Mobile Robots / TurtleBot 3
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TurtleBot is a ROS standard platform robot. Turtle is derived from the Turtle robot, which was driven by the educational computer programming language Logo in 1967. In addition, the turtlesim node, which first appears in the basic tutorial of ROS, is a program that mimics the command system of the Logo turtle program. It is also used to create the Turtle icon as a symbol of ROS. The nine dots used in the ROS logo derived from the back shell of the turtle. TurtleBot, which originated from the Turtle of Logo, is designed to easily teach people who are new to ROS through TurtleBot as well as to teach computer programming language using Logo. Since then TurtleBot has become the standard platform of ROS, which is the most popular platform among developers and students.
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There are 3 versions of the TurtleBot series. TurtleBot1 was developed by Tully (Platform Manager at Open Robotics) and Melonee (CEO of Fetch Robotics) from Willow Garage on top of the iRobot’s Roomba-based research robot, Create, for ROS deployment. It was developed in 2010 and has been on sale since 2011. In 2012, TurtleBot2 was developed by Yujin Robot based on the research robot, iClebo Kobuki. In 2017, TurtleBot3 was developed with features to supplement the lacking functions of its predecessors, and the demands of users. The TurtleBot3 adopts ROBOTIS smart actuator Dynamixel for driving. For more information on the TurtleBot series, please see the following link.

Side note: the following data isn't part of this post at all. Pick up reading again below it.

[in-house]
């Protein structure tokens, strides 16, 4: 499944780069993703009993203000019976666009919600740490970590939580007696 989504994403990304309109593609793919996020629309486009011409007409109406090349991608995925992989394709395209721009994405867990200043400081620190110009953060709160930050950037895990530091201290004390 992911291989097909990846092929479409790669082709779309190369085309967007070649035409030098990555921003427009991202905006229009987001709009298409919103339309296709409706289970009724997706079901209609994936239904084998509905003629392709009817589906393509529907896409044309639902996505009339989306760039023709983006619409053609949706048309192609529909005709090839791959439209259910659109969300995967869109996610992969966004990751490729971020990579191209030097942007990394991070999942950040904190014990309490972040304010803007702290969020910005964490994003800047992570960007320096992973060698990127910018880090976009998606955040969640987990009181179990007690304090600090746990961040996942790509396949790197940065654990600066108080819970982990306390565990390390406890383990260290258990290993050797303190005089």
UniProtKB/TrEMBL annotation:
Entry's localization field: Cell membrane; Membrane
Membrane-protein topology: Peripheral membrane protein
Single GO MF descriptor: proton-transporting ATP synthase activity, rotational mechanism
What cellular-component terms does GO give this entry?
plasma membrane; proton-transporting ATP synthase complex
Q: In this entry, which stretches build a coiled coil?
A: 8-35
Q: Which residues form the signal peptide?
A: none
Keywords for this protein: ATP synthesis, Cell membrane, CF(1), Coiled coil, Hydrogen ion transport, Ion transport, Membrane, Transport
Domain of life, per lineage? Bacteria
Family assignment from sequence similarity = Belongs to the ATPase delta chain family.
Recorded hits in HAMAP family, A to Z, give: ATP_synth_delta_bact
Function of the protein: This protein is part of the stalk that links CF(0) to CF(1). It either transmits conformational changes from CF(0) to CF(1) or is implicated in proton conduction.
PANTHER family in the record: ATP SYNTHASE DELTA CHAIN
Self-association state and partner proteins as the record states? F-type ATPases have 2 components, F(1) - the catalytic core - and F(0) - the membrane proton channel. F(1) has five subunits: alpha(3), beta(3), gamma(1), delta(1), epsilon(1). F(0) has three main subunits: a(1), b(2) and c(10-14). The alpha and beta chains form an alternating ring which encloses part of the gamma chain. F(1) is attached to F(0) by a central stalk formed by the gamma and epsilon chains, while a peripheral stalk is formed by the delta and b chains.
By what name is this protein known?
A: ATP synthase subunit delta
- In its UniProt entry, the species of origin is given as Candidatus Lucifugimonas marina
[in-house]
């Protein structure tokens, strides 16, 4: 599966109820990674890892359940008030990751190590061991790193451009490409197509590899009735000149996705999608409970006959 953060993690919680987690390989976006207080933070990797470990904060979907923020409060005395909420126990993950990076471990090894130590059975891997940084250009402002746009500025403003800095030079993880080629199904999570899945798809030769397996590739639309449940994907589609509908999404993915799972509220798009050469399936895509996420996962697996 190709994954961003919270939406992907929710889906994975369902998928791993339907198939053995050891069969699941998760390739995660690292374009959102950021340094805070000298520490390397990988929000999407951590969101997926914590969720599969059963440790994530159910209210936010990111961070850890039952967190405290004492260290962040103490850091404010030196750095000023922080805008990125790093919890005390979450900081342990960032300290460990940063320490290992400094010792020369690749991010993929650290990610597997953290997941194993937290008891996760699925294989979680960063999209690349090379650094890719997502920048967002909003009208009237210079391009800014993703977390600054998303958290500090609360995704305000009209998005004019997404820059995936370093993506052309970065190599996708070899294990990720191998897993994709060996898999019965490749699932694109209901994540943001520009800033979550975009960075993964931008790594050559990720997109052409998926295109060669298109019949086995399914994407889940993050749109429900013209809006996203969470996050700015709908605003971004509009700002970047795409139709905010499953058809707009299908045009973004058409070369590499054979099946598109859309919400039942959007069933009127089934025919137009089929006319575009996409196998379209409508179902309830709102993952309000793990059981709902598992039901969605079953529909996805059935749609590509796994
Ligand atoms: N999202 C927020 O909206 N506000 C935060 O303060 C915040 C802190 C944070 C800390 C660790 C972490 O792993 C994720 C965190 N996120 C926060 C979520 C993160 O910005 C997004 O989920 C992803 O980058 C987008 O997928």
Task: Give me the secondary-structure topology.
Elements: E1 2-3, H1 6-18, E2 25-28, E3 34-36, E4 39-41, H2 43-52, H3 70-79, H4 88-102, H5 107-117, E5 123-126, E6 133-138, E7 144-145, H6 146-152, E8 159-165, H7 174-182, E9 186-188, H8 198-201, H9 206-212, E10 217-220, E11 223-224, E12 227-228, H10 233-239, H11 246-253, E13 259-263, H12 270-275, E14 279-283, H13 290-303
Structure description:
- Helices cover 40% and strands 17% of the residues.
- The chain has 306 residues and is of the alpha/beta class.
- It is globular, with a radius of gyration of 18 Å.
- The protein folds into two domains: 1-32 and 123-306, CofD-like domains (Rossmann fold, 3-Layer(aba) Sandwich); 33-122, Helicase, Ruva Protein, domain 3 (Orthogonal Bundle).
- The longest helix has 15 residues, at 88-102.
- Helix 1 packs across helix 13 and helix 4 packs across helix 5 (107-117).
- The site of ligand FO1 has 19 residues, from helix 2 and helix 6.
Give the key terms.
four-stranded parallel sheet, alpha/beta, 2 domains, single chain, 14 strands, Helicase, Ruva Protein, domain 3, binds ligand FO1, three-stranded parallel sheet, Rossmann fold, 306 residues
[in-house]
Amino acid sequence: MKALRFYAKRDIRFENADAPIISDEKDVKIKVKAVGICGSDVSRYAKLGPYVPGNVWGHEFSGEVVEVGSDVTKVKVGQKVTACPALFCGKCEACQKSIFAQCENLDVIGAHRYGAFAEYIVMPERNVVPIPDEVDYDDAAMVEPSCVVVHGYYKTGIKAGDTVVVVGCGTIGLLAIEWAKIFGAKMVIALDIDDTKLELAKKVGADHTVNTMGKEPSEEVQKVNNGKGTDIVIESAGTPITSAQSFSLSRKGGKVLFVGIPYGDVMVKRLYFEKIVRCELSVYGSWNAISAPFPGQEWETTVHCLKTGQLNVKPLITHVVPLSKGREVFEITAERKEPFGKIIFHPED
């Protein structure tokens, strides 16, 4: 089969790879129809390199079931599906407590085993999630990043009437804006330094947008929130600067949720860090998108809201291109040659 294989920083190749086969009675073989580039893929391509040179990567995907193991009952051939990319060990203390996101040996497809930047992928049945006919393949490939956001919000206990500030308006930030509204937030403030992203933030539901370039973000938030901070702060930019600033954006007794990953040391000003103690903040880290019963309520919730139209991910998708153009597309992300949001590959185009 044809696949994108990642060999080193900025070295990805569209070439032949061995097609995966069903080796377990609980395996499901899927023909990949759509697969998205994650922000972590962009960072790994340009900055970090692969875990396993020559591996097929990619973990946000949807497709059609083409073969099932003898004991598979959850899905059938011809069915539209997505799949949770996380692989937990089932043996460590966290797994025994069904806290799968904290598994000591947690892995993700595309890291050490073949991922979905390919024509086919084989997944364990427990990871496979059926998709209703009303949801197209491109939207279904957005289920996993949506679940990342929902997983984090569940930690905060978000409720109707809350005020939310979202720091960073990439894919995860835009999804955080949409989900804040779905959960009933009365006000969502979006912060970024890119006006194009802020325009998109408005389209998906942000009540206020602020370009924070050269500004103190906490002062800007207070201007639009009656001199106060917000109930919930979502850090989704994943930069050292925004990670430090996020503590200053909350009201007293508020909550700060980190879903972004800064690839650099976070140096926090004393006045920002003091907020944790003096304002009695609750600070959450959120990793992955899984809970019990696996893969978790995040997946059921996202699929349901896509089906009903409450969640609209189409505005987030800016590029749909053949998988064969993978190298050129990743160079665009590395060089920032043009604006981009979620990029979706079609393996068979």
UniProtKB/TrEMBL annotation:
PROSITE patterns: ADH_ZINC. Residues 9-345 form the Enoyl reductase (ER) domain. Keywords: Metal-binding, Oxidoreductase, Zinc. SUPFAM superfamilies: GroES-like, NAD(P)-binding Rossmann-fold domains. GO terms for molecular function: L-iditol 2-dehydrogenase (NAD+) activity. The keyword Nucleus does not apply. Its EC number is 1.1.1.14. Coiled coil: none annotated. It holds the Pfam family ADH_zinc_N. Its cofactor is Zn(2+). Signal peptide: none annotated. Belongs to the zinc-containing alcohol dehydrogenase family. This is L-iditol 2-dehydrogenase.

TurtleBot3 is a small, affordable, programmable, ROS-based mobile robot for use in education, research, hobby, and product prototyping. The goal of TurtleBot3 is to dramatically reduce the size of the platform and lower the price without having to sacrifice its functionality and quality, while at the same time offering expandability. The TurtleBot3 can be customized into various ways depending on how you reconstruct the mechanical parts and use optional parts such as the computer and sensor. In addition, TurtleBot3 is evolved with cost-effective and small-sized SBC that is suitable for a robust embedded system, 360-degree distance sensor and 3D printing technology.
The TurtleBot3’s core technology is SLAM, Navigation, and Manipulation, making it suitable for home service robots. The TurtleBot can run SLAM(simultaneous localization and mapping) algorithms to build a map and can drive around your room. Also, it can be controlled remotely from a laptop, joypad or Android-based smartphone. The TurtleBot can also follow a person’s legs as they walk in a room. Also, the TurtleBot3 can be used as a mobile manipulator capable of manipulating an object by attaching a manipulator like OpenManipulator. The OpenManipulator has the advantage of being compatible with TurtleBot3 Waffle and Waffle Pi. Through this compatibility can compensate for the lack of freedom and can have greater completeness as a service robot with the SLAM and navigation capabilities that the TurtleBot3 has.